Jim Thorpe & Portsmouth Shoe-Steels mural

Jim Thorpe & Portsmouth Shoe-Steels mural

No Super Bowls for Carlisle Indians

February 2, 2009

Carlisle Indian School football players retired from football decades before Super Bowl I in 1967. In fact, many, including Jim Thorpe and Lone Star Dietz, if not the majority, were already dead. The closest tie to either of this year’s competitors: the Cardinals and the Steelers, is that Jim Thorpe played for the Cardinals in 1928. Thorpe was over 40 then and came out of retirement, after hanging up his cleats at the end of the 1927 season as player-coach of the Portsmouth Shoe-Steels, for what was probably the last time to help the hapless 1-4 Cardinals in a Thanksgiving charity game against their cross-town rivals, the Bears. Big Jim was well past his prime and didn’t play much in this 34-0 pasting, their fifth shutout loss of the year and third in six days. Thanksgiving Day games didn’t replace a Sunday game in those days, they were just inserted into the schedules. The Cardinals lost to Frankfort 10-0 on Saturday, November 24, 19-0 to the New York Yankees the next day, and closed out their season on Thursday, November 29 against the Bears. Thorpe didn’t have enough left in his tank to help a team that gave up 63 unanswered points in these three games.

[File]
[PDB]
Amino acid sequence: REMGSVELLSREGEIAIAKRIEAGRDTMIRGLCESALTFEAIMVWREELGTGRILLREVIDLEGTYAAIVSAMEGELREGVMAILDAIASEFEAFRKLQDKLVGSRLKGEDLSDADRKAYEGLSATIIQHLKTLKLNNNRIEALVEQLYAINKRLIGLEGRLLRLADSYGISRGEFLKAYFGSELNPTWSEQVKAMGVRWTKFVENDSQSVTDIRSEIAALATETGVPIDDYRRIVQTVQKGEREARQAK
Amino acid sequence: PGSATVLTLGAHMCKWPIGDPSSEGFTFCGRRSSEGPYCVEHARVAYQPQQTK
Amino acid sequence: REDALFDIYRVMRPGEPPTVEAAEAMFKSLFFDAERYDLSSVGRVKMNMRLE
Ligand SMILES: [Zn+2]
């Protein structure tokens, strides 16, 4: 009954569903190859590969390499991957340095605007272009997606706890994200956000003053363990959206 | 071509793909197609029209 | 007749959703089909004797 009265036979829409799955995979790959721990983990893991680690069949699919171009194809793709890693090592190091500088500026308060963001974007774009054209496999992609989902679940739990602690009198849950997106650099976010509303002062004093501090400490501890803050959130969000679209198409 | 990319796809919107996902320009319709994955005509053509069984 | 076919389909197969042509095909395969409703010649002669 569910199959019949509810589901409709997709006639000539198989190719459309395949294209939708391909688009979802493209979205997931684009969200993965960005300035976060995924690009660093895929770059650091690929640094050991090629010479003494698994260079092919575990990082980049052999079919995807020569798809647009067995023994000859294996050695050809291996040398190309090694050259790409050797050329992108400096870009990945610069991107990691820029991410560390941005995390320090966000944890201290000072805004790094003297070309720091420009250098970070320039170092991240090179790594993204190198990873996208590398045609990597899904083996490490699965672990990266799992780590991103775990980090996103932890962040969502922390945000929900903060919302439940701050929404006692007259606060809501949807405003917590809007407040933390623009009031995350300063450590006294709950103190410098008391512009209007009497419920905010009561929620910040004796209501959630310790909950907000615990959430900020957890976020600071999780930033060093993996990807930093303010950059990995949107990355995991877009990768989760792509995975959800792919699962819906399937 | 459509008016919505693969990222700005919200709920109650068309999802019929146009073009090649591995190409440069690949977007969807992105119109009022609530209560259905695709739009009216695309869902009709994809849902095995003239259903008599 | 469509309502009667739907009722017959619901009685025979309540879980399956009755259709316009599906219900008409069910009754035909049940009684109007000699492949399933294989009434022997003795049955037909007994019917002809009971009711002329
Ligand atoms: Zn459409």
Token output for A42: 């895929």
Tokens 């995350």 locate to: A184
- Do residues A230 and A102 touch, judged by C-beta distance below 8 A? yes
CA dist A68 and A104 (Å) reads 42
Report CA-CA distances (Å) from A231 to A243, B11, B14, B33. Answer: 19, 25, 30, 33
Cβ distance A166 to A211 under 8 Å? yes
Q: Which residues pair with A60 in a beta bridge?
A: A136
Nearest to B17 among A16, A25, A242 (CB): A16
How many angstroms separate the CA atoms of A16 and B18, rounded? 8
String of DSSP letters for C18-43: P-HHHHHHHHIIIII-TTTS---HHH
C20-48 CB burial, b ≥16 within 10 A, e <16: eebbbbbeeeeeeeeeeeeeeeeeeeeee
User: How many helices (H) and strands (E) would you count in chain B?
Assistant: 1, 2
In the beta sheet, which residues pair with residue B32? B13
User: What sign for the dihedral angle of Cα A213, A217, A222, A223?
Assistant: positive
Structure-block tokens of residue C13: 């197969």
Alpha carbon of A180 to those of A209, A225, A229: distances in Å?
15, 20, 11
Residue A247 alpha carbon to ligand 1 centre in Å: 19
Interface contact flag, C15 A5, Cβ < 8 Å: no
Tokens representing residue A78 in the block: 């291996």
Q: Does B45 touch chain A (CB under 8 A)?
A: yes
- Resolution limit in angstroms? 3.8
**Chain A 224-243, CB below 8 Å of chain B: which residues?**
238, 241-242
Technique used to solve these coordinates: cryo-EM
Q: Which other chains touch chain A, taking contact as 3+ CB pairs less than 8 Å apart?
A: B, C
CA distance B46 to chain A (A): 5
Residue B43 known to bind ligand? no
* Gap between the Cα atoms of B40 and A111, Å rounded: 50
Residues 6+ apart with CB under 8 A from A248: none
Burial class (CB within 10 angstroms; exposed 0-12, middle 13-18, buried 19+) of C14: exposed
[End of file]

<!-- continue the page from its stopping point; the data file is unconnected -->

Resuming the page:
The Chicago Cardinals were a charter member of the NFL, which originally called itself the American Professional Football Association, but weren’t the Chicago Cardinals in 1920 when the league was first formed. The oldest and losingest team in the league traces its roots back to a sandlot team in Chicago before the turn of the last century. The team claimed its name in 1901 when, a derisive description of his team’s faded maroon jerseys that had been surplussed by the University of Chicago, caused team owner Chris O’Brien to spin that lighter color into cardinal red. They have been the Cardinals ever since. At the time the pro league was formed they were known as the Racine Cardinals because they were located on Racine Street. In 1960 they moved to St. Louis and in 1988 to Arizona. Along the way they won two championships, but one, for 1925, is disputed by the Pottsville Maroons faithful. Thorpe didn’t have much time to think about the loss because his All-Indian basketball team started its season on December 2 against the Detroit Tool Shop Club.